Openness to Experience: The Gates of the Mind

Some of you may have taken the Big Five-factor personality test at work or school. These consist of Agreeableness, Conscientiousness, Extroversion/IntroversionNeuroticism, and Openness to experiences. Open people tend to be intellectually curious, creative, and imaginative. They are interested in art and are voracious consumers of music, books, different cuisines, and other fruits of culture. Open people are less susceptible to psychological “blind spots.” People who score low on Openness are considered to be closed to experience. They tend to be conventional in their outlook and behavior. They prefer familiar routines to new experiences and generally have a narrower range of interests. Openness has moderate positive relationships with creativity (both artistic and scientific creativity among professional artists, musicians, and scientists), intelligence, and knowledge.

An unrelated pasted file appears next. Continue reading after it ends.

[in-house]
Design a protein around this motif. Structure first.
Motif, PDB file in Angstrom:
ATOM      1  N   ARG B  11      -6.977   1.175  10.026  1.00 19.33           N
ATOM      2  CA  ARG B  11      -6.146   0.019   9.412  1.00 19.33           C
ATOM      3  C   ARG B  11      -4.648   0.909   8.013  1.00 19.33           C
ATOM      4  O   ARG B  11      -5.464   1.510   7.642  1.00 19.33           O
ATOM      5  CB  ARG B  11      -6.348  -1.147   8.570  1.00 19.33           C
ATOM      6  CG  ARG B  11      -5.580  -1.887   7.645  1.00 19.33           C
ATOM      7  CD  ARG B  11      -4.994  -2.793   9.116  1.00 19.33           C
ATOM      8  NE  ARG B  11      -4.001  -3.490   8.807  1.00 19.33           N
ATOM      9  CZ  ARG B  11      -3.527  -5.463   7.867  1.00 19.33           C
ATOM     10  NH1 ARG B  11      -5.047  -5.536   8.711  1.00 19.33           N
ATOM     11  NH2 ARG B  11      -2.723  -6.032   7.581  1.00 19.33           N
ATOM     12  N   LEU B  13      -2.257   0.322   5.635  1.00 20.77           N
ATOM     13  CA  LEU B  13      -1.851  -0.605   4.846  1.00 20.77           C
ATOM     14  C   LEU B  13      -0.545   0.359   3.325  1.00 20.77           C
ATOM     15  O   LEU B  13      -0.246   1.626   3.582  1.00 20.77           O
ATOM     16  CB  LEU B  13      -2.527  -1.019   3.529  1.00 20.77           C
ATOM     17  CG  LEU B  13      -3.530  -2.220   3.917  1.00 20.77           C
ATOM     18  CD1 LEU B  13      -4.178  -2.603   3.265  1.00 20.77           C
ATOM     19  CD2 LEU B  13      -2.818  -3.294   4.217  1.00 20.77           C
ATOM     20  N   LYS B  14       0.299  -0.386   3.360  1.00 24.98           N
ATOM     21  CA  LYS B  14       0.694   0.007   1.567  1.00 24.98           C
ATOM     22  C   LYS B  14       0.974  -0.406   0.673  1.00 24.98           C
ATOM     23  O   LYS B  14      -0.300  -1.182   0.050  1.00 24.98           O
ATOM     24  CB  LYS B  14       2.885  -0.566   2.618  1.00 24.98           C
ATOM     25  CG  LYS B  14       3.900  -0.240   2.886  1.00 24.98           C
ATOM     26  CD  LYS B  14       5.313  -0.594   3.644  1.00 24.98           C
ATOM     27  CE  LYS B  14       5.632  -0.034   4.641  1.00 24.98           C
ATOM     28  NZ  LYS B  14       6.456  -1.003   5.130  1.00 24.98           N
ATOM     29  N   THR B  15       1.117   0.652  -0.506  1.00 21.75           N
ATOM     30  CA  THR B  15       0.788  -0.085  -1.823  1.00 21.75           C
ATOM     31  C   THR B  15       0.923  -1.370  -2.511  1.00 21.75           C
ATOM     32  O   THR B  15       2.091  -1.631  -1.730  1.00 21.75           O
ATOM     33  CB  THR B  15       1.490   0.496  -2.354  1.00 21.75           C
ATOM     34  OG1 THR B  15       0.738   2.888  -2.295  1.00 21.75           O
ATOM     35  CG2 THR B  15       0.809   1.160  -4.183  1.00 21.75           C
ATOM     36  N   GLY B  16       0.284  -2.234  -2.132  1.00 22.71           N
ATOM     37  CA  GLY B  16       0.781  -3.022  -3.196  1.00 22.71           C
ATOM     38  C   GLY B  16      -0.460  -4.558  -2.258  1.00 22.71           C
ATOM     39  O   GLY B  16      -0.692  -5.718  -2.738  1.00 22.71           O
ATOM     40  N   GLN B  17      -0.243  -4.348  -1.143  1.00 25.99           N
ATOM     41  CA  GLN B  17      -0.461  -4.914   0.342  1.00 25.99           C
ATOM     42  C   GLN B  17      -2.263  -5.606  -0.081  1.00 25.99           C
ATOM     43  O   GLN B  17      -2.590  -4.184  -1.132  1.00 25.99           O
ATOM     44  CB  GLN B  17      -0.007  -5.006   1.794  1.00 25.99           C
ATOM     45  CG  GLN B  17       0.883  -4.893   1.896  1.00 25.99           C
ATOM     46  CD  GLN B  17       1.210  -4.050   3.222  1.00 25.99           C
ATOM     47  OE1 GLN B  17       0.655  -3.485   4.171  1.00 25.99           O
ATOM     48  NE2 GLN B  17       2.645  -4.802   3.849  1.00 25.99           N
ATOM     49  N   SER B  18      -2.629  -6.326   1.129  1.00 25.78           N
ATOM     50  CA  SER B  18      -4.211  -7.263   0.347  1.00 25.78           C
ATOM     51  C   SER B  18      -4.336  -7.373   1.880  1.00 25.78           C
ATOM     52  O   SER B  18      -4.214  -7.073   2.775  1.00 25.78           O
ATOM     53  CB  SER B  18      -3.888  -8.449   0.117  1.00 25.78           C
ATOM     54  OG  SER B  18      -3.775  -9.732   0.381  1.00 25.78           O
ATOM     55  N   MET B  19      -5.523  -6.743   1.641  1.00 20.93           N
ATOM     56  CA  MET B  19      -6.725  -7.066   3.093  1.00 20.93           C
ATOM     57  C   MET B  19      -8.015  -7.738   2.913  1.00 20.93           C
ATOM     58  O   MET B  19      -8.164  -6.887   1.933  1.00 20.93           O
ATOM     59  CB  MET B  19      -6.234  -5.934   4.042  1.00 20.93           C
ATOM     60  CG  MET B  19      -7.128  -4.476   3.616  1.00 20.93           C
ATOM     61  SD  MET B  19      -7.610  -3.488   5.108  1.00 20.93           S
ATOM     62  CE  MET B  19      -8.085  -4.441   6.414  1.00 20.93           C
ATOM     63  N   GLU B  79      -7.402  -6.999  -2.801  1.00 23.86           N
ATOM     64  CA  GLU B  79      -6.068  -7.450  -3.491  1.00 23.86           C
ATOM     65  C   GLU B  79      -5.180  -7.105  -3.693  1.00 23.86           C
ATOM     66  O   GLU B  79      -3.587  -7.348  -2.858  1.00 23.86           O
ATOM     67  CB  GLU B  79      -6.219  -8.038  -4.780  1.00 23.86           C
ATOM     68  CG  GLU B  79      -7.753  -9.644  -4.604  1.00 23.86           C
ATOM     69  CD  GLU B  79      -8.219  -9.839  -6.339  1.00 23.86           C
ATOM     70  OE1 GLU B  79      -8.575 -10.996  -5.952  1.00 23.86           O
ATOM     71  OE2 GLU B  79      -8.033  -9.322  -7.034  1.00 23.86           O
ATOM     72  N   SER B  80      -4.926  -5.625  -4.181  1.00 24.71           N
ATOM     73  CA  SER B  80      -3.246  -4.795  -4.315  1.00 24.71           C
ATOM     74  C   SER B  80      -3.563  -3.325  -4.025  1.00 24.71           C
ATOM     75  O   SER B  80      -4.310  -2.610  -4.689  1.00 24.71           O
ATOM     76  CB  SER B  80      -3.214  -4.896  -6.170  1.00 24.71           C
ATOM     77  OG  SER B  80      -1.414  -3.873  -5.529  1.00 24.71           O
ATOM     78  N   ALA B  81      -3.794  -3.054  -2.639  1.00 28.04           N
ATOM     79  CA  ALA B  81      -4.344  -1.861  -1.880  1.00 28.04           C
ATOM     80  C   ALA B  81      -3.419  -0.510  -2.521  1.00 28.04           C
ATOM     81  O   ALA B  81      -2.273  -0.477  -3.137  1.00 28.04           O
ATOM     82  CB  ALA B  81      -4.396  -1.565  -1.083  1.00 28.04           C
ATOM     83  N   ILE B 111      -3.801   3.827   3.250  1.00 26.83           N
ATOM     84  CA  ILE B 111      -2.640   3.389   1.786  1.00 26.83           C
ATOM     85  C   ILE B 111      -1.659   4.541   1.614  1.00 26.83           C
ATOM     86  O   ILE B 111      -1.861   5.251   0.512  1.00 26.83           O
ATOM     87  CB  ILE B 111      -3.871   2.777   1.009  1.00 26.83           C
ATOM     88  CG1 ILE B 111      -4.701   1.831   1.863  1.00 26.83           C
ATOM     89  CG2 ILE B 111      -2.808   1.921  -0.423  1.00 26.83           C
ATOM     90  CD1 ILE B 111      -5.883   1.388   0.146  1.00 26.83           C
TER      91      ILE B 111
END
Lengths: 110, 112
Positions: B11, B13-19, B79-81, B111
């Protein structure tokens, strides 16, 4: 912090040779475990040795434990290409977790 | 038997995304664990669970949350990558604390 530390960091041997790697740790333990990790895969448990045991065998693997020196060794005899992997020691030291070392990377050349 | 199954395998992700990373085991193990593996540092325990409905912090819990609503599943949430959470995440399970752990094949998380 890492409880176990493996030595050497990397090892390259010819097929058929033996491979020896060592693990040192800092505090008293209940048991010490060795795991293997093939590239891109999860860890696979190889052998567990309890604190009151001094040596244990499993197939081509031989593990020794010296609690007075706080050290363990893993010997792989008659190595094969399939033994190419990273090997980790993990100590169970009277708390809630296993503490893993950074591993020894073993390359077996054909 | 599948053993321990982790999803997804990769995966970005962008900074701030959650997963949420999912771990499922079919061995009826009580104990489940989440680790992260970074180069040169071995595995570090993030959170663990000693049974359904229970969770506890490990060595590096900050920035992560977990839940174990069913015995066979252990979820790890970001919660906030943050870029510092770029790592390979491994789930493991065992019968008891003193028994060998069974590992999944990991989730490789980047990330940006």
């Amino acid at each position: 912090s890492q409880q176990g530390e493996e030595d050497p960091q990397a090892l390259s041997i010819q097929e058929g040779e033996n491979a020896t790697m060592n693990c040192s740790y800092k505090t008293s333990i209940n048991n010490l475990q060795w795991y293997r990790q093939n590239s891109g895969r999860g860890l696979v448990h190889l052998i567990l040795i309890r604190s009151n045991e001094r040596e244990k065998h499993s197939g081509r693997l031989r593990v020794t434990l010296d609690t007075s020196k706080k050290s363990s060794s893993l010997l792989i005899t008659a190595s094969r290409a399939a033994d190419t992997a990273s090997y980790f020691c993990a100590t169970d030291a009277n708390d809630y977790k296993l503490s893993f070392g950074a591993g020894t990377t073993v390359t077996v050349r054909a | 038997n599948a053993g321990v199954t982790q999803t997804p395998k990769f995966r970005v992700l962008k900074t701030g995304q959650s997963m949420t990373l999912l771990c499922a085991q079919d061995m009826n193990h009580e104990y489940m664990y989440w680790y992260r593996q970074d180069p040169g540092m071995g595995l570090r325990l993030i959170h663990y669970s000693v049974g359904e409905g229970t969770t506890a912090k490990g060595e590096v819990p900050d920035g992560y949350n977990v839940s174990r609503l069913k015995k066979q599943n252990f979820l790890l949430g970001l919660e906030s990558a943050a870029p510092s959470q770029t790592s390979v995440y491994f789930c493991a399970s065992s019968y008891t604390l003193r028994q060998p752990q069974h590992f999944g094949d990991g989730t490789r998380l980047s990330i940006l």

In general, psychologists tend to assume that Openness is a desirable trait. However, closed individuals prefer their own conservative and down-to-earth approach to life and would rate the desirability of Openness differently. Openness is associated with adverse outcomes, including nightmares, depression, and drug and sex experimentation. Closedness is associated with authoritarianism and difficulty in adapting to change.

In a classic study often selective attention test, researchers showed participants a film clip of several people passing a basketball back and forth and asked them to count the number of passes between players in white and to ignore the players in black. Take this video test yourself. Remember, Openness leads to seeing things beyond what is in front of you. 

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